AUSTIN (KXAN) — A group of parents in the Eanes Independent School District rallied outside of a school board meeting Tuesday evening to “demand access to in-person learning for all students,” they say.
A group of parents called “Eanes Kids First,” met outside the Eanes ISD administrative building, 601 Camp Craft Road, at 5 p.m., the same time as the scheduled Eanes ISD school board meeting.
“In my wildest dreams I never thought I would have to get active and advocate for my children to have access to a public school education,” says Jennifer Stevens, a parent of two Eanes ISD students who started the group.
The group feels superintendent, Tom Leonard, has gone against the majority of parents who want in-person learning. School started in the district August 19.
“I’ve watched the mental health toll on my kids… I know that what children need is that socialization, they need the ability to come together to learn together,” Stevens says.
For the first three weeks of school, the district is online only.
The district surveyed parents in June, along with students and educators, about its remote learning plan and found that parents felt more comfortable sending kids back to school with at least some social distancing requirements than none at all, but not by much.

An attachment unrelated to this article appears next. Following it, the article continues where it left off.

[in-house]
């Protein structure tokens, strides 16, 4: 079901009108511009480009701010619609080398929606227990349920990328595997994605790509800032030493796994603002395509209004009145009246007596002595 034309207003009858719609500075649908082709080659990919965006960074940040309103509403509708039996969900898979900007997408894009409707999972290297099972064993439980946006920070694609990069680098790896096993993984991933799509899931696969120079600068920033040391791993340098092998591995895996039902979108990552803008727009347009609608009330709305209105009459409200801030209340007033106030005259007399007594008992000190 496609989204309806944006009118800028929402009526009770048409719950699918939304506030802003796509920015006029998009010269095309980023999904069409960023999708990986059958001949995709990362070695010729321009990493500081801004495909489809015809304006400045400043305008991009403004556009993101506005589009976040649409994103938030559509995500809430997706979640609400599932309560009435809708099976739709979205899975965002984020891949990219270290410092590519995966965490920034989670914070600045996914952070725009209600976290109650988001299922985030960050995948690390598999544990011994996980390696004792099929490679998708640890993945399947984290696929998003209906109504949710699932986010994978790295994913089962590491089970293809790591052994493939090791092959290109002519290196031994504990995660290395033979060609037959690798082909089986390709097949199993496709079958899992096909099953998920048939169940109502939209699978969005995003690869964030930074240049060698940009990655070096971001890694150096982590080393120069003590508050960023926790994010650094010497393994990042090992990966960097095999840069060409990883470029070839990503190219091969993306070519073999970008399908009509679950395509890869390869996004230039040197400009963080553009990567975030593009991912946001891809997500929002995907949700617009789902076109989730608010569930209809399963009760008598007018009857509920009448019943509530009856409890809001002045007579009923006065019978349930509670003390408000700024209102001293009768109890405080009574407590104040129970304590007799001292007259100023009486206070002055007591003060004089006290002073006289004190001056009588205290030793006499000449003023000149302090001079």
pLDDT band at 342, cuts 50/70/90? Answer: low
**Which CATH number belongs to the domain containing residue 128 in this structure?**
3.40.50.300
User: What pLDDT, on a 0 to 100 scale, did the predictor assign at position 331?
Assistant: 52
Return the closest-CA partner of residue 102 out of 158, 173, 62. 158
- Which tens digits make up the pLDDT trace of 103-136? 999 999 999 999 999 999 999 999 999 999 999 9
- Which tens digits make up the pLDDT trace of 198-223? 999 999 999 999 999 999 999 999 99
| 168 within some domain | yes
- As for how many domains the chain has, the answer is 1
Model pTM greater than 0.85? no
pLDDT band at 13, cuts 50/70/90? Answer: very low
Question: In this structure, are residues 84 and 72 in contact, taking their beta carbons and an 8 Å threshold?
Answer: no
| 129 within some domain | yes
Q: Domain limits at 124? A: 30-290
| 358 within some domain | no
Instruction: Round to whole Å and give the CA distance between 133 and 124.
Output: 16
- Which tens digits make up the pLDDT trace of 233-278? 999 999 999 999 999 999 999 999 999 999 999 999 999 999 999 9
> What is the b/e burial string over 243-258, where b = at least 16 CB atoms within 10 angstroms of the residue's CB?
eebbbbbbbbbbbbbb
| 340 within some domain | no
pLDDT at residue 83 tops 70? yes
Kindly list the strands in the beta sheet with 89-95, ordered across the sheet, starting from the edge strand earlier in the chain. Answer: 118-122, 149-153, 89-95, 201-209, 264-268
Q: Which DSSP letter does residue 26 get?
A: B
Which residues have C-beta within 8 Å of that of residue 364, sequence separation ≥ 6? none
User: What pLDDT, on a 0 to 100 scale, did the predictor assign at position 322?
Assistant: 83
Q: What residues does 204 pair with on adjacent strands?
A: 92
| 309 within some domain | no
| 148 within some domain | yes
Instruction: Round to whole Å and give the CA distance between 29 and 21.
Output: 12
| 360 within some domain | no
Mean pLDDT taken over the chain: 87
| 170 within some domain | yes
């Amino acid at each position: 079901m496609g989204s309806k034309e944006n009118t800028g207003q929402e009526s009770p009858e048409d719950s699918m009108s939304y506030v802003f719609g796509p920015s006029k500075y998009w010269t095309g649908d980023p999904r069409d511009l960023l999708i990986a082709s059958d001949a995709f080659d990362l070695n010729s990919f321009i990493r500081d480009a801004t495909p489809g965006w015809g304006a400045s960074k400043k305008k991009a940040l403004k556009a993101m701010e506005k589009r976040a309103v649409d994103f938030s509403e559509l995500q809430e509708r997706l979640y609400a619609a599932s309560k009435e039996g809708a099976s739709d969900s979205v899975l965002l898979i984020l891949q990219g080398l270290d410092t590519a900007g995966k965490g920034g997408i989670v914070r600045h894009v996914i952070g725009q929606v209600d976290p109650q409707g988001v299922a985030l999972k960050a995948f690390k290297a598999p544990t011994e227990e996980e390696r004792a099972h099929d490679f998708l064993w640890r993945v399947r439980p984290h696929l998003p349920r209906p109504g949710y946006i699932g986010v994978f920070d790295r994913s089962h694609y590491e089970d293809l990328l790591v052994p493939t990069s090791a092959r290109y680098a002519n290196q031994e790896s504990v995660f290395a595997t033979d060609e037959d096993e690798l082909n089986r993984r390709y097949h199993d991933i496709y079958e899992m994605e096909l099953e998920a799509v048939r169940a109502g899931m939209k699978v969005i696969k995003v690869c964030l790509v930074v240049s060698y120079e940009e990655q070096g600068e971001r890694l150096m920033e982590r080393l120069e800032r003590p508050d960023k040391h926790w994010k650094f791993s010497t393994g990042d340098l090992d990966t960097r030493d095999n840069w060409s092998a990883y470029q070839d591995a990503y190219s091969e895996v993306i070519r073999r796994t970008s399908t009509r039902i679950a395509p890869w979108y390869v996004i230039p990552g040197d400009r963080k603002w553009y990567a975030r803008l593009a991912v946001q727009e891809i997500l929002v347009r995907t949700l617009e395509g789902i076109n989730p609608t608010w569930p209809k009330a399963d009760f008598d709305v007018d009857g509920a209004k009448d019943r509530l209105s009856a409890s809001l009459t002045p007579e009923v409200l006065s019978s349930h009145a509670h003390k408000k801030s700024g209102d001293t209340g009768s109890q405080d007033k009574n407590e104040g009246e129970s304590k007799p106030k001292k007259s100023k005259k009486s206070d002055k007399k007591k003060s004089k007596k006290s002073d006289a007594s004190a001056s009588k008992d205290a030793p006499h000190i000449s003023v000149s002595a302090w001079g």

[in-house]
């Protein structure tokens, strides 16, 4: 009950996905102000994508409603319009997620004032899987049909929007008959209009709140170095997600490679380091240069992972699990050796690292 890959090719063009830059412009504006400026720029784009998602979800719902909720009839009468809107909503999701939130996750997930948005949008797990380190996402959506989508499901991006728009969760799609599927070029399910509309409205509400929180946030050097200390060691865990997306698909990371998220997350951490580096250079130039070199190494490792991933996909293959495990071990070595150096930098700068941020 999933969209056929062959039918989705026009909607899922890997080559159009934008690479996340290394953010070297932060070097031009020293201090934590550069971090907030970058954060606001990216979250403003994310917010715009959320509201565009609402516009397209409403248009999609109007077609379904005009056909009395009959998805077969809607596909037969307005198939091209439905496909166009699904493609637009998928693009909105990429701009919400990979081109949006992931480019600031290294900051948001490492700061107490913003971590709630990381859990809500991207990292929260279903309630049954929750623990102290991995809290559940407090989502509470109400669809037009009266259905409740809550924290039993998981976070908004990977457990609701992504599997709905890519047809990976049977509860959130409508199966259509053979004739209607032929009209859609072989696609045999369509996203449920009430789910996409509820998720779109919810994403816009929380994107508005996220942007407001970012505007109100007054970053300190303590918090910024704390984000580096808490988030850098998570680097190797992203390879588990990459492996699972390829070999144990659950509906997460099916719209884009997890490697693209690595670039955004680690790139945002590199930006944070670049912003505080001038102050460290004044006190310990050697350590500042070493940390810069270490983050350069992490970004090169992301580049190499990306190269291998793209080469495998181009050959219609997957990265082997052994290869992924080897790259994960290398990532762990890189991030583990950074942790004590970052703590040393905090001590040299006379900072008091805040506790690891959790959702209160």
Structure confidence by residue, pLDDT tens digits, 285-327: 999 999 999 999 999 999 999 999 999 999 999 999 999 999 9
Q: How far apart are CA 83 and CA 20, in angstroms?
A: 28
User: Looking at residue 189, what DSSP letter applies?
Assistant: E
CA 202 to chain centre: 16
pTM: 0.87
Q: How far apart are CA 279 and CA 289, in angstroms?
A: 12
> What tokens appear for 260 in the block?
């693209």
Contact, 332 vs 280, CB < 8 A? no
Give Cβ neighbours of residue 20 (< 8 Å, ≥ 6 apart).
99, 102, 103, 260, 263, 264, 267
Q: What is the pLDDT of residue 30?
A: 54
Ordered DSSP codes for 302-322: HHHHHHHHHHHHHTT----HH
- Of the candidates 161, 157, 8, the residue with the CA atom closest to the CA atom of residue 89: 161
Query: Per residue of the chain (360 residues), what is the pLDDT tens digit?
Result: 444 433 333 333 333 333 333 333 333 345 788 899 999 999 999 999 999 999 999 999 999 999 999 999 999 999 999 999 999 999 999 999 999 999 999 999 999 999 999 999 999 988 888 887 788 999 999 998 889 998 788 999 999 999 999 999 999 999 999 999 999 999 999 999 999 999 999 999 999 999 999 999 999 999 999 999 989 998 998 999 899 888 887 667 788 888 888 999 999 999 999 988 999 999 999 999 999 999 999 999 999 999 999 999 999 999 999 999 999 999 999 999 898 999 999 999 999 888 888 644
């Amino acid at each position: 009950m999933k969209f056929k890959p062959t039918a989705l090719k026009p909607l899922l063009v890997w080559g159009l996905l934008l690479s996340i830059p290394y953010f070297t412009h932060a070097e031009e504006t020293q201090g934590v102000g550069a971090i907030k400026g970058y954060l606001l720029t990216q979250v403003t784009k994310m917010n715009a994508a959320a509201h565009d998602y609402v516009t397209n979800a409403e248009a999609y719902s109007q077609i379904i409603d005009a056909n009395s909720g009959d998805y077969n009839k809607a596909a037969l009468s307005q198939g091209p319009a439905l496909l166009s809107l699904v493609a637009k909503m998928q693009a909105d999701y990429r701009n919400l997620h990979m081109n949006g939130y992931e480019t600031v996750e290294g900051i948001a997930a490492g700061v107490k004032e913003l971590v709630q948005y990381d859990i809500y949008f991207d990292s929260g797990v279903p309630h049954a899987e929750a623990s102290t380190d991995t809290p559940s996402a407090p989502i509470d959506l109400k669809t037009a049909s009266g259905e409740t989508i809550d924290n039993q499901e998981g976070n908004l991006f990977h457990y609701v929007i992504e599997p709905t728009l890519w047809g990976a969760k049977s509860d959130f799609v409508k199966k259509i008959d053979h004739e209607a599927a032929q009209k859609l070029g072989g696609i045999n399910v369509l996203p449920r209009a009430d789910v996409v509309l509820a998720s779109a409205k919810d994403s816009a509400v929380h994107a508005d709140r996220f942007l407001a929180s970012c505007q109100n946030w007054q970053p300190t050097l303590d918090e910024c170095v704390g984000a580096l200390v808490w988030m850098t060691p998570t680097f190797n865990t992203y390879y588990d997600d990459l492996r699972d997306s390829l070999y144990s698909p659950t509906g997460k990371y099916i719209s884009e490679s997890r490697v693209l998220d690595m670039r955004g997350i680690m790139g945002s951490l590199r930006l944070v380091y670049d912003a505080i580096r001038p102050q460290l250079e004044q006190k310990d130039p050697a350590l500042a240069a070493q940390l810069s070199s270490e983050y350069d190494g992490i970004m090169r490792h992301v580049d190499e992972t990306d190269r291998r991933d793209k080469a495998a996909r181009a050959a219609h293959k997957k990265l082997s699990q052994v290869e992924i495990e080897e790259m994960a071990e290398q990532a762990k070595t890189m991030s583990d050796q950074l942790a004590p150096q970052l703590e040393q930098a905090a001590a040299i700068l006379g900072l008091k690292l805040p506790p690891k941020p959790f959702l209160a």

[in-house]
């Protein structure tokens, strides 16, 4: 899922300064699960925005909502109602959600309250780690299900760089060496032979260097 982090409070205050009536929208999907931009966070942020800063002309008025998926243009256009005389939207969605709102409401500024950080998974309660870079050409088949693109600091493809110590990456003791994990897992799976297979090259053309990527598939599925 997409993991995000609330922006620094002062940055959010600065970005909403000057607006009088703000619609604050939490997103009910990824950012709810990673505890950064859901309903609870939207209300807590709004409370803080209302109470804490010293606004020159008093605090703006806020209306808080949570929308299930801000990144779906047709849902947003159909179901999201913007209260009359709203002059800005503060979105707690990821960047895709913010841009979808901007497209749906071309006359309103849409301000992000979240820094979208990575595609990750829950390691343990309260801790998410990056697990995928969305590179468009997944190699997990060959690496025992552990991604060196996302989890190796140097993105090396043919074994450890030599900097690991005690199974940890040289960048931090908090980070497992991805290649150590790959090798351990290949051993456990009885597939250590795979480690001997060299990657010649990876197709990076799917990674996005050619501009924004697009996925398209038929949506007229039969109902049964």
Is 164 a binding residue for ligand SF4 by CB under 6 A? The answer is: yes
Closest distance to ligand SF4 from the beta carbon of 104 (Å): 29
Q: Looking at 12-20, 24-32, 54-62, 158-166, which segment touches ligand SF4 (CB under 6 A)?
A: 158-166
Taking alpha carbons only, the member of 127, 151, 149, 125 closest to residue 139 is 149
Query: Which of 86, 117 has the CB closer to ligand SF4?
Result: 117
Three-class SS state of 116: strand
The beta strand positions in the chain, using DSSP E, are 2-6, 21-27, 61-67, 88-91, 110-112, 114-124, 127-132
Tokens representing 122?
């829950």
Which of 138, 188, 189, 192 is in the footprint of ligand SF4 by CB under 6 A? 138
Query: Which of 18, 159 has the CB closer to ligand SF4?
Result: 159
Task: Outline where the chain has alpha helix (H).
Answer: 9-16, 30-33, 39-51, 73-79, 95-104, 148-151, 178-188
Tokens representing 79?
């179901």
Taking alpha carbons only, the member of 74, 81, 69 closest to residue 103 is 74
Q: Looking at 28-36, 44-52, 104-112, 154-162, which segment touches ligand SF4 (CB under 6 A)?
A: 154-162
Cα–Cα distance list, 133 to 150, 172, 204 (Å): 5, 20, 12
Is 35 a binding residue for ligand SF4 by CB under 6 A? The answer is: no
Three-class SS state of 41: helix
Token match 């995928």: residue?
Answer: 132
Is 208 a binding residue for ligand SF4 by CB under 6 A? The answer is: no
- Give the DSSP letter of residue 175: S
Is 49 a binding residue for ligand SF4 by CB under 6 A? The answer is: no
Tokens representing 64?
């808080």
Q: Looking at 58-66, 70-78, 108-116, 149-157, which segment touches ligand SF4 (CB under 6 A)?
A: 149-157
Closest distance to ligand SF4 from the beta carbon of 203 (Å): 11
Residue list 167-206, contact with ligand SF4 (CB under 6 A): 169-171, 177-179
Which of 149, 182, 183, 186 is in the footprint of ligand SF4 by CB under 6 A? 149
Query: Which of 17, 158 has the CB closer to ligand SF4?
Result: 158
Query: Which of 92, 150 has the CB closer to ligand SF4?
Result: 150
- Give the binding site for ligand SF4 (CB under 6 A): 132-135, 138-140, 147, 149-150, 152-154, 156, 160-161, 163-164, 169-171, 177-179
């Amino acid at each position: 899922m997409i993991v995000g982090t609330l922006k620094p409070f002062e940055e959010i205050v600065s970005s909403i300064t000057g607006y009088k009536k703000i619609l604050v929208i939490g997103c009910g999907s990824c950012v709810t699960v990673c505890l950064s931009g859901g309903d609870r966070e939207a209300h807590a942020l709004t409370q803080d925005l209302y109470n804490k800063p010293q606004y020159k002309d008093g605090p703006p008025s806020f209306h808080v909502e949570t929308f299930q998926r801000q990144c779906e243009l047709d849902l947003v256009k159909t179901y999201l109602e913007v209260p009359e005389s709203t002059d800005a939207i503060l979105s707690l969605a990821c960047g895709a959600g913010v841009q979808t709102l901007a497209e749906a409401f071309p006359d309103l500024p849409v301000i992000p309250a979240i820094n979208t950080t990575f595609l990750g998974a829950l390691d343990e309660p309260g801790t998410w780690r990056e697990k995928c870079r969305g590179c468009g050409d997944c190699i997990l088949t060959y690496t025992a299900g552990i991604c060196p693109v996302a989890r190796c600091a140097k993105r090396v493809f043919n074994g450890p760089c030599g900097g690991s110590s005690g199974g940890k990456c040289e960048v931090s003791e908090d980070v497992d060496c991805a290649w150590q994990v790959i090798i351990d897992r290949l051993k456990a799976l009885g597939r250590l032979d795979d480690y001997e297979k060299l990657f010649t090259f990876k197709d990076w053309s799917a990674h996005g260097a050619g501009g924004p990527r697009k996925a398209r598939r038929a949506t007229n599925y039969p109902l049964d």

Another survey in August showed more than half of the families from across all age groups said they’d want to send their children back to the classroom.
Right now, the school district’s plans include allowing up to 25% of students who are eligible to come back to campus after the first three weeks.
That includes students experiencing homelessness and those facing an academic gap or language barrier.
The rest of the students would be phased in, with everyone who wants to go back to campus able to do so in October.
“While I have a kid with an IEP and I would love that kid to be back immediately, I want to do it in a safe way,” says Kim Allen, a parent of three Eanes ISD students.
Other parents, like Kim Allen, have signed this petition in support of the school district’s strategy.
“Quite frankly, I’m concerned that if we let 75% or 100% of the kids that want to go back on September, 8, we’re going to close schools pretty soon and I’ll have to quarantine or sections of it and the interruptions are just going to be really bad,” Allen says.
Stevens also says the letter Leonard and school board president Jenifer Champagne sent to the Texas Education Agency to allow more time for remote learning goes against what parents want.
A spokesperson for the school district says the waiver allows them to extend virtual learning, if they choose to do so.
“Of course we want students and staff to return to in-person learning and return to a sense of normalcy, but we believe we must do so in a sustainable, phased-in process and not put our community and our staff, in particular, at-risk,” the district said.
On Tuesday night, the school board didn’t make any moves to change its back-to-campus plans.